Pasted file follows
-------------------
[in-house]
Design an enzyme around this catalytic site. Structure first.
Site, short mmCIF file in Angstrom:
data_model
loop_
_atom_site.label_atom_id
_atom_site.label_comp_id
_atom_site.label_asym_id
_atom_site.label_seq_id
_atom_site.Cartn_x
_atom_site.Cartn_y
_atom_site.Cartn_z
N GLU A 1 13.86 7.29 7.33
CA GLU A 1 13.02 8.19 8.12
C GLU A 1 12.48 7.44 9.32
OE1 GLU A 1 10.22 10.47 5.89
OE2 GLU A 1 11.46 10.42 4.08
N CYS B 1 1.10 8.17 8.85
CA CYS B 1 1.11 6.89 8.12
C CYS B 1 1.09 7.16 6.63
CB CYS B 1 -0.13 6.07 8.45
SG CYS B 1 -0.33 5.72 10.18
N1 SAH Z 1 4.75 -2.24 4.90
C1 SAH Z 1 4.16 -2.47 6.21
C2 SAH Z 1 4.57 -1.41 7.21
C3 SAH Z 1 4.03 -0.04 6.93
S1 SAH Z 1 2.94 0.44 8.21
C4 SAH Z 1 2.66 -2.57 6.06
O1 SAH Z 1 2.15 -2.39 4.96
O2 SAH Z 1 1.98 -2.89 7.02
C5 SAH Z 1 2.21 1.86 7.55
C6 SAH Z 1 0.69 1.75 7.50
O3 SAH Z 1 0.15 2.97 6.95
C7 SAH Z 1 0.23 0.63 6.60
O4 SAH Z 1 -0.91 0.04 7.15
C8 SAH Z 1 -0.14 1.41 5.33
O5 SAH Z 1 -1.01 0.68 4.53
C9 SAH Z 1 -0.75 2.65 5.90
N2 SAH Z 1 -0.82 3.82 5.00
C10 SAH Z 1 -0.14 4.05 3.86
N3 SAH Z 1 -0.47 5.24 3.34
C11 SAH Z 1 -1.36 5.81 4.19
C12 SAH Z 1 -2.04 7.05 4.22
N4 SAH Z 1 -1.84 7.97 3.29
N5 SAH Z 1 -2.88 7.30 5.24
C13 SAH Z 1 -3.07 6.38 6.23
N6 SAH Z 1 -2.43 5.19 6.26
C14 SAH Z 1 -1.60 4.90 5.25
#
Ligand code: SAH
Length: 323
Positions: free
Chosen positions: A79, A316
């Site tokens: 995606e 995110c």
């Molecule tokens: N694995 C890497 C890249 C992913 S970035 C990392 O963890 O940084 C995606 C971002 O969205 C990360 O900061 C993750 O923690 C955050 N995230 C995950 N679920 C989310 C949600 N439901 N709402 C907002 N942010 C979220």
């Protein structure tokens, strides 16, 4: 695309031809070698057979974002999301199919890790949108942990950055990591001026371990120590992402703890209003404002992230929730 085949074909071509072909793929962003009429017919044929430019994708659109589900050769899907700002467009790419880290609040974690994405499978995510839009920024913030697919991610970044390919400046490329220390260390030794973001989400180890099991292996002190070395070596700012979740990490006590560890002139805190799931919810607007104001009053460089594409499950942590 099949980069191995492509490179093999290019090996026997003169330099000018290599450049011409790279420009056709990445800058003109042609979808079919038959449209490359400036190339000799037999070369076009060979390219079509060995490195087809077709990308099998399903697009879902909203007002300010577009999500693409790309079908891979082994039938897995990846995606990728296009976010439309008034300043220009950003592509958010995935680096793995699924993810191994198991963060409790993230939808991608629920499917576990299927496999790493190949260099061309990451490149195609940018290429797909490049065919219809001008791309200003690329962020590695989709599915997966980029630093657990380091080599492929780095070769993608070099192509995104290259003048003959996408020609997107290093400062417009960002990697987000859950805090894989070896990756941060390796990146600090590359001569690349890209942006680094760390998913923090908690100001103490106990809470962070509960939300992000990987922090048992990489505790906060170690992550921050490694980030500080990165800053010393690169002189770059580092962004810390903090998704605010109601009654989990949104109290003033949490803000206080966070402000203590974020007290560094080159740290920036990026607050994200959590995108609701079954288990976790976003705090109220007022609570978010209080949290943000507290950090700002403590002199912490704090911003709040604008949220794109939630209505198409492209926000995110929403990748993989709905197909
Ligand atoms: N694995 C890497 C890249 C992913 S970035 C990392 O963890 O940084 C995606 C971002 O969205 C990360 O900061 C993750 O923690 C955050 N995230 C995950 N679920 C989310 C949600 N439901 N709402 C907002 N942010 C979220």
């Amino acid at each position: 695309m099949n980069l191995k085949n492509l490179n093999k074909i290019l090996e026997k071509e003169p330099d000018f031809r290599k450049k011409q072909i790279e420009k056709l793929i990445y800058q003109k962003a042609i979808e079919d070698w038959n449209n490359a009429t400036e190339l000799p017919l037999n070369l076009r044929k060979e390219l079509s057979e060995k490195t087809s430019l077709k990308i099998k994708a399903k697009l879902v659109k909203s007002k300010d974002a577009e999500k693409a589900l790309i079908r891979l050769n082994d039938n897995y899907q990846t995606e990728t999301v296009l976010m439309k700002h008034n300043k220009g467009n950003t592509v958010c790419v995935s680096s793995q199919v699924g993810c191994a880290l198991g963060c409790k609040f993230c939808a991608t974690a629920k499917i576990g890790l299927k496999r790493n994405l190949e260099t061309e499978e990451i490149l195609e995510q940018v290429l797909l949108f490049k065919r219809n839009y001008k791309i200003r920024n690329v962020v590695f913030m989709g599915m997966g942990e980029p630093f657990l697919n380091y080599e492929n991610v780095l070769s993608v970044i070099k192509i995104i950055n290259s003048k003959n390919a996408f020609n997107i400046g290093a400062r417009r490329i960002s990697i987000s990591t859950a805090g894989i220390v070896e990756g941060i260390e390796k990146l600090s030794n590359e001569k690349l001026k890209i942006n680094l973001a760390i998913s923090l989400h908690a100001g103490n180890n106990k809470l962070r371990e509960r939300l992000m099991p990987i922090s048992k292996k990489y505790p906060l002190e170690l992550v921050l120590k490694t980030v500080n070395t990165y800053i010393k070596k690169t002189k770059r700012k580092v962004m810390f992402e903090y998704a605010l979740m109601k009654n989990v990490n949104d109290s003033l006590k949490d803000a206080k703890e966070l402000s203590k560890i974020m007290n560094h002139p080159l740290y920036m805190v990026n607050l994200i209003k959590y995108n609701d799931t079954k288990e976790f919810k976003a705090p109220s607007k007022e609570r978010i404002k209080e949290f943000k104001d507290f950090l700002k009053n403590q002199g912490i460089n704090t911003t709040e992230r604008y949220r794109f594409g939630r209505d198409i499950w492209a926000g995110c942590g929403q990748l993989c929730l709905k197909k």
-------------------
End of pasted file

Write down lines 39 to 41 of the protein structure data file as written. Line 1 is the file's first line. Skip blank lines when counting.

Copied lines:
N2 SAH Z 1 -0.82 3.82 5.00
C10 SAH Z 1 -0.14 4.05 3.86
N3 SAH Z 1 -0.47 5.24 3.34